Sweta Kaushal has 13 years of experience covering Bollywood and regional movies, TV shows, national current affairs and social issues. ...view detail
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Allahabad and the Golden Age of Hindi Literature
- AUTHOR Akshat Lal
- PUBLISHED 13 September 2020
The city of Allahabad occupies a special place in Hindu scriptures as the prayag (confluence) or Triveni Sangam, that is, the confluence of the Ganga, Yamuna and the Saraswati. While the Ganga and Yamuna still flow here today, the Saraswati, named after the goddess of knowledge, rests here as an invisible force.
It was probably the influence of Goddess Saraswati that inspired Allahabad to become the cradle of the Hindi literary world, attracting writers, poets and scholars to celebrate knowledge and enlightenment through their work. Their contribution, among others, is acknowledged in modern times on 14th September, observed as Hindi Diwas or Hindi Day, which celebrates the adoption of Hindi as one of the two official languages of India, the other being English. The date was chosen as it was the birth anniversary of Beohar Rajendra Simha, a scholar, an artist and a Hindi activist, due to whose efforts the Constituent Assembly of India gave Hindi the status of an official language in 1949.
Our story, though, focuses on Allahabad, a city steeped in spirituality, history – and Hindi literature. While the city has produced many great Sanskrit and Urdu-Persian writers, among the first litterateurs of Khari Boli, the dialect spoken in and around Delhi in medieval times, Munshi Sadasukh Lal is most notable. Born in 1746 CE, in Delhi, Lal became the tehsildar (district administrator) of Chunar, a town in Mirzapur district of Uttar Pradesh. In 1811 CE, he settled in Allahabad and published the story of Srimad Bhagwat and Vishnu-Purana under his name 'Sukhsagar' in Hindi. Lal also initiated social reforms in Allahabad through the Hindi language and through literature.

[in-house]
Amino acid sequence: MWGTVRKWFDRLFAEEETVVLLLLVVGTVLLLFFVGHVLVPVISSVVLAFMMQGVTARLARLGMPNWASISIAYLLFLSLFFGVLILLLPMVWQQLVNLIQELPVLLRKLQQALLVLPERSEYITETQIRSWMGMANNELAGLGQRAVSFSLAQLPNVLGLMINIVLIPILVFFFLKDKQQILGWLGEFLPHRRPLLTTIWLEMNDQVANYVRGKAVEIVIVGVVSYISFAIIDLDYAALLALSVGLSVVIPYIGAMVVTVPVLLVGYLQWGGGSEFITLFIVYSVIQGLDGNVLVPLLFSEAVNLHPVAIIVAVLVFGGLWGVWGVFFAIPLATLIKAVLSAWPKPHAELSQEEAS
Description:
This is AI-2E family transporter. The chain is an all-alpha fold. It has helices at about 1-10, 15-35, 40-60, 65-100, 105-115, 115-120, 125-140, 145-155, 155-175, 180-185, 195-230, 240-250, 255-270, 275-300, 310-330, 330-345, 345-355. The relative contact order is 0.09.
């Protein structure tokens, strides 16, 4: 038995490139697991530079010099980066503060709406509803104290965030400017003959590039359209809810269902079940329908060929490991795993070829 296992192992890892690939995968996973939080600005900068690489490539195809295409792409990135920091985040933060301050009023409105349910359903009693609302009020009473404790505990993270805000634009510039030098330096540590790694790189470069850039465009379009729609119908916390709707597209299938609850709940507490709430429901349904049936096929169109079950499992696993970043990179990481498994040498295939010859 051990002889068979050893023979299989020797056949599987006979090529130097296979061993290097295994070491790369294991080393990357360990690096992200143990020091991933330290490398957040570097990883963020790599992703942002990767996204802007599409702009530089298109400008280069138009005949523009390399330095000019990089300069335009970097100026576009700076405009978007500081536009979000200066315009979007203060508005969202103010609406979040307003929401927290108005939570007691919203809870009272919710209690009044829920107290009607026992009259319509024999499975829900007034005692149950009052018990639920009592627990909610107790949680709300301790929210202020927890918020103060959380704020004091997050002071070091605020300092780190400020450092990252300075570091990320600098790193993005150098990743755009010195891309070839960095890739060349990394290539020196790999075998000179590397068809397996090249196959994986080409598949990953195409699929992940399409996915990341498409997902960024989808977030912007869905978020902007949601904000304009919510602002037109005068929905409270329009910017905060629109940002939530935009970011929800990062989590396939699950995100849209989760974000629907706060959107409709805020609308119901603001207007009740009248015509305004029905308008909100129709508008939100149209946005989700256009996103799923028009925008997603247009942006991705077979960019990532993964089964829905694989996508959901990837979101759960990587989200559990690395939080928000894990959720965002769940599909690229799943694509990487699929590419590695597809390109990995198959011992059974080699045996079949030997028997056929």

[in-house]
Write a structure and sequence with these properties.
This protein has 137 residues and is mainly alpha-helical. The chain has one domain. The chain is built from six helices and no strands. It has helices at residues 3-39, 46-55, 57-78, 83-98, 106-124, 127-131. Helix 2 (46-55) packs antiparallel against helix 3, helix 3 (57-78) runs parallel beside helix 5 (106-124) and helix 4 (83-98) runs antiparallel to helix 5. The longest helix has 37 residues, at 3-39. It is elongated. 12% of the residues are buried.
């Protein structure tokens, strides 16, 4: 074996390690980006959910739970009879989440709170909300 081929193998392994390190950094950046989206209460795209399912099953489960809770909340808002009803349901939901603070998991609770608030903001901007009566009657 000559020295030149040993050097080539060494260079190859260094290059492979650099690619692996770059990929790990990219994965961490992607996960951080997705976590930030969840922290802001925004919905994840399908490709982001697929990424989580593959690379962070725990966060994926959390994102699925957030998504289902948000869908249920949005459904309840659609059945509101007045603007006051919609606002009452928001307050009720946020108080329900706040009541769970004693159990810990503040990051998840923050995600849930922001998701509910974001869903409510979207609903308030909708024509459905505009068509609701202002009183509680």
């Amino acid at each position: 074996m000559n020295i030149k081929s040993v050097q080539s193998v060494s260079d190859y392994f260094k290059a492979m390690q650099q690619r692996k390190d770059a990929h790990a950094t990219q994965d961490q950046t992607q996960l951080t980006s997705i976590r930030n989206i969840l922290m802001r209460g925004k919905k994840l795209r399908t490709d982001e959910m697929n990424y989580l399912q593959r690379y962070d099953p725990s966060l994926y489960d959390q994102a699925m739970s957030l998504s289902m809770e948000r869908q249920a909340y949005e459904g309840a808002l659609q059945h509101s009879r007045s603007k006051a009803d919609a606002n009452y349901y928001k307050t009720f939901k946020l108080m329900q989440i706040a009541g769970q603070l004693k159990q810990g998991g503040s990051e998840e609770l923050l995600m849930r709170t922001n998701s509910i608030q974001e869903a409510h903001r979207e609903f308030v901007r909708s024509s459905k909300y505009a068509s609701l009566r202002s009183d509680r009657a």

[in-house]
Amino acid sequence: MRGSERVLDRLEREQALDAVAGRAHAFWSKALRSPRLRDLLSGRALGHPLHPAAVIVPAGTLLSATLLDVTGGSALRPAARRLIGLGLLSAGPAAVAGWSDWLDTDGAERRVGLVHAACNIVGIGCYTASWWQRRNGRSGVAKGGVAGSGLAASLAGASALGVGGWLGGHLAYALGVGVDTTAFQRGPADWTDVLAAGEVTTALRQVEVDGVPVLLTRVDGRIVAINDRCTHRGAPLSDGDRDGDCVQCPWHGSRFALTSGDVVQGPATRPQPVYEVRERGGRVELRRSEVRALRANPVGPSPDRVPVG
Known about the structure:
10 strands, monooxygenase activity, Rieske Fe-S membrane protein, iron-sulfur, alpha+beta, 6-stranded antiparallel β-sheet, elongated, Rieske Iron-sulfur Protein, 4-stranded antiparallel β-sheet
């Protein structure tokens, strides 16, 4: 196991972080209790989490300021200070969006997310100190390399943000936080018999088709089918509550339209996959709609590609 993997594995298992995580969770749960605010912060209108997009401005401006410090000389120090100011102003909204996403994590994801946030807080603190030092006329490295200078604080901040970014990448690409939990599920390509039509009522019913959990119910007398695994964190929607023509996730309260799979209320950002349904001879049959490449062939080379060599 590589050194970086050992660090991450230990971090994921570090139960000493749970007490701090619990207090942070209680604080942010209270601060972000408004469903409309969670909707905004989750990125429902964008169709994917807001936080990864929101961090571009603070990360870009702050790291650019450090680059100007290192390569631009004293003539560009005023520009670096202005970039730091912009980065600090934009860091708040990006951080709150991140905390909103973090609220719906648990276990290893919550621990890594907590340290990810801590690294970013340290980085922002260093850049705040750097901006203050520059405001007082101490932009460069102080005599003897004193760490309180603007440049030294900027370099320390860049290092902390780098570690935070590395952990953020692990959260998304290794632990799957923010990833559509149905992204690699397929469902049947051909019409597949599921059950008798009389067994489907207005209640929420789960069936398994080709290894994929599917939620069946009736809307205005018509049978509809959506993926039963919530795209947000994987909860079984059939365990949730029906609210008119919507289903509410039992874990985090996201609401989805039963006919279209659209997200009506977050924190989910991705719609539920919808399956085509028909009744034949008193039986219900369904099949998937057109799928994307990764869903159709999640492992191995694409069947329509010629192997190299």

Bharatendu Era & Balakrishna Bhatt
Once the capital of the Mughals and the British, Allahabad became the centre of Hindi literature in the late 19th and 20th centuries. This was a period when modern Hindi was taking shape. Born in Benaras, Bharatendu Harishchandra (1850 – 1885) laid the foundation of the first phase of the modern period of Hindi literature, which is known as the ‘Bharatendu Era’. He is therefore known as the ‘father of Hindi literature and Hindi theatre’.
In this era, the orthodox thinking of traditional literature was replaced by the nationalist thinking of modern India. In the Bharatendu era, Khari Boli experienced a revival and found a special place in Hindi literature.
It was during this time that Pandit Balakrishna Bhatt was born, in the Yahiyapur locality of Allahabad, in 1844 CE. His contribution to Hindi literature is invaluable. A famous Sanskrit teacher, he was inspired by Harishchandra and founded the Hindi Vardhini Sabha in Allahabad in 1876, and began to publish the famous monthly magazine Hindi Pradeep in 1877.
Bhatt, who remained the editor of the magazine till his death, laid the foundation of modern education, literature and journalism in Allahabad. He also wrote a number of essay collections, plays and novels, and translated Sanskrit and Bengali plays into Hindi.
Hindi Nationalism & Madan Mohan Malaviya
The foundation of Hindi nationalism in India was laid in Allahabad, and Pandit Madan Mohan Malaviya is notable among its pioneers. Born in Yahiyapur in Allahabad in 1861 CE, Malaviya enrolled in Muir Central College, Allahabad, after completing his elementary education from Sanskrit School and then graduated from Calcutta University.